Should I pay off rental property debt?
I have a rental property that I still owe some money on, and I’ve just begun Baby Step 2 of your plan. Should rental property debt be included in the debt snowball?
No, it shouldn’t. Baby Step 2 of my plan is where you use the debt snowball to pay off all debt — from smallest to largest — except for your home. This, of course, comes after Baby Step 1, in which you save up $1,000 for a beginner emergency fund. I would include rental properties in the “home” category, and I urge people to get serious about paying off their homes a little further down the road in Baby Step 6.
To fill in the gaps, Baby Step 3 is going back and fully funding your emergency fund with three to six months of expenses.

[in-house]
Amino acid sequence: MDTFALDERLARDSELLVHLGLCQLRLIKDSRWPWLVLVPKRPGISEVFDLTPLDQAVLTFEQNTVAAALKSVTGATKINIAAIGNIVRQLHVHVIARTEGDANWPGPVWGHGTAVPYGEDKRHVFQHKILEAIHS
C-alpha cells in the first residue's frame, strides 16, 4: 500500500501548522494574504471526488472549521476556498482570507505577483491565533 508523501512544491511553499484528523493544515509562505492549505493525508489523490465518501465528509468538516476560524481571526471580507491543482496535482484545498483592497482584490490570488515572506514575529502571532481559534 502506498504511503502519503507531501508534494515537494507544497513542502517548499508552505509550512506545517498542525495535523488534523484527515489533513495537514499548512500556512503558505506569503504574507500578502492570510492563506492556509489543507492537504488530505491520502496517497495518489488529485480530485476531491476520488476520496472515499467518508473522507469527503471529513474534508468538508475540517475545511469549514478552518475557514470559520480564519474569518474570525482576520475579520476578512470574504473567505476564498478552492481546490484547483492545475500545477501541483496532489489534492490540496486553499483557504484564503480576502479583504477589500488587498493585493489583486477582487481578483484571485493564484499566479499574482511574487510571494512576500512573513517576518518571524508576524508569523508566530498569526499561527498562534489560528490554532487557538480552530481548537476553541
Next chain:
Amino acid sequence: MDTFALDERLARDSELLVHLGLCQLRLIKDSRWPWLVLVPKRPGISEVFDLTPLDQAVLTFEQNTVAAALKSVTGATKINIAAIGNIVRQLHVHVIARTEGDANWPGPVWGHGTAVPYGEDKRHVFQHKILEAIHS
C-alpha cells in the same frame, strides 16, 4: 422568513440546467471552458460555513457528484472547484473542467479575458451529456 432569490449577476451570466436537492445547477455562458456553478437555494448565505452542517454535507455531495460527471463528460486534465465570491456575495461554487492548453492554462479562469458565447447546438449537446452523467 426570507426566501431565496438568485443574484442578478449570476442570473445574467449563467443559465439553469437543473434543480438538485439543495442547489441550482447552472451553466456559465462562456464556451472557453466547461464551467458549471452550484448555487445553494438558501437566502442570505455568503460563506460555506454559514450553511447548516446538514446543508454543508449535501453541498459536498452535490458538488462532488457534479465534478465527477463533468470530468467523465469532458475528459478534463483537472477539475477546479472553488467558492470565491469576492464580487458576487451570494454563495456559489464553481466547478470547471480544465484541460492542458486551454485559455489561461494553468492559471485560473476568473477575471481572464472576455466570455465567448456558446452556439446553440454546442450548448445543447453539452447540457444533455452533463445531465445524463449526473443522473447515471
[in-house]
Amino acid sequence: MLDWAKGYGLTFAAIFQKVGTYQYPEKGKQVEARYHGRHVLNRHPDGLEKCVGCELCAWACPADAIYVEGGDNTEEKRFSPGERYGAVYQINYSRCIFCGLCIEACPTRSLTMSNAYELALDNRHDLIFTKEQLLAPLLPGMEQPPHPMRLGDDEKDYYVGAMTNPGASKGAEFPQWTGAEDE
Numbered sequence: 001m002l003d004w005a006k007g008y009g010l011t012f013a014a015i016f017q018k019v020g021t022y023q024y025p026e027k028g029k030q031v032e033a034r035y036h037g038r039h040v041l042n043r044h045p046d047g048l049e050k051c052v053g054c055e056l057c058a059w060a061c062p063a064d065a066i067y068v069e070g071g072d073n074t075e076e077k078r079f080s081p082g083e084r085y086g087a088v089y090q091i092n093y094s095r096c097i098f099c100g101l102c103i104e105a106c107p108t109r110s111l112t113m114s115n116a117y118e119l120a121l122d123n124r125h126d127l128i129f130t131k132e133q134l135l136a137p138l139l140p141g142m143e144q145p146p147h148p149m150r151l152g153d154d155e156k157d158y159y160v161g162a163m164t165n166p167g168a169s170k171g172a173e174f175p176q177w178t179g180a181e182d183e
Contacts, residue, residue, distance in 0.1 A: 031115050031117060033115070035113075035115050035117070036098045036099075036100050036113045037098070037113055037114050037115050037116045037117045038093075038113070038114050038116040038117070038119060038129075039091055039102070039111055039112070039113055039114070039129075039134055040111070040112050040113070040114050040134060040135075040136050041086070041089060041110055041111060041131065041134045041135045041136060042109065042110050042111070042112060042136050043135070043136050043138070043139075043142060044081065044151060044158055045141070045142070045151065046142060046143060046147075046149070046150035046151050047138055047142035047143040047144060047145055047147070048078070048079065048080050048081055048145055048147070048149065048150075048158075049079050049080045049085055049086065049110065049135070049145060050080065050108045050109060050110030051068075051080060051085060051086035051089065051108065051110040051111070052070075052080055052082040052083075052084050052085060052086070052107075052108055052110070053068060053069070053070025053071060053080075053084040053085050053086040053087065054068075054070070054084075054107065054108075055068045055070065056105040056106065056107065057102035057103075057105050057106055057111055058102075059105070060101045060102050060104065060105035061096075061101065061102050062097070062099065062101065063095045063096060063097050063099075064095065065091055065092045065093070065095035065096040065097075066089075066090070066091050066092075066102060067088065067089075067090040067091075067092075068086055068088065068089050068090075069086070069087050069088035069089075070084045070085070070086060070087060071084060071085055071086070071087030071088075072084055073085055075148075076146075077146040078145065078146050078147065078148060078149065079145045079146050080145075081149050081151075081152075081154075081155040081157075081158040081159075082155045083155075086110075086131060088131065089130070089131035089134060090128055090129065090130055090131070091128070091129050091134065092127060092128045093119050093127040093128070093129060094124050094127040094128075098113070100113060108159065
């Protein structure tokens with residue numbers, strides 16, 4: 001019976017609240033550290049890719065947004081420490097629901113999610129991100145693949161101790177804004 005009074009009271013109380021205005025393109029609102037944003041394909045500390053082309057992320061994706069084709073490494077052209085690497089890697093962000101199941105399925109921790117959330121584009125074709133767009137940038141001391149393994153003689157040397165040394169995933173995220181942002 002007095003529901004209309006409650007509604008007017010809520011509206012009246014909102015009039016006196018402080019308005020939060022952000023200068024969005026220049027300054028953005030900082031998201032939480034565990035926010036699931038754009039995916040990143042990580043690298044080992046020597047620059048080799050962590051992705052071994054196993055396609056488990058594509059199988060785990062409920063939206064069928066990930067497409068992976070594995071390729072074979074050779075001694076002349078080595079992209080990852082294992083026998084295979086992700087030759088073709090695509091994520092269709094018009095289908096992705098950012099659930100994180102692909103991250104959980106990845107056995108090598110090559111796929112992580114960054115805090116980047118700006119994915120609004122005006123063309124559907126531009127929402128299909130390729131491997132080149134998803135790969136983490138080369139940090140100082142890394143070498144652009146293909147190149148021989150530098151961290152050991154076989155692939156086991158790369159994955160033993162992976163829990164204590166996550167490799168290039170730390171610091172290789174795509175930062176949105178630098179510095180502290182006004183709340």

Baby Step 4 is investing 15 per cent of your household income in retirement plans, and Baby Step 5 means setting aside college money for the kids.
Baby Step 6 is where you pay off your home, including any rental properties that weren’t already paid for in cash, and Baby Step 7 is when you relax, build wealth, and give.
If it were me, I would pay off my primary home before taking care of the rental properties. That’s simply a risk management perspective.
However, if you owe just $20,000 on your rental property but still have a $3 million mortgage on your residence, you might go ahead and quickly knock out the rental property first.
Hope this helps!
Dave Ramsey is CEO of Ramsey Solutions. He has authored seven best-selling books, including The Total Money Makeover. The Dave Ramsey Show is heard by more than 13 million listeners each week on 585 radio stations and multiple digital platforms. Follow Dave on the web at daveramsey.com and on Twitter at @DaveRamsey.
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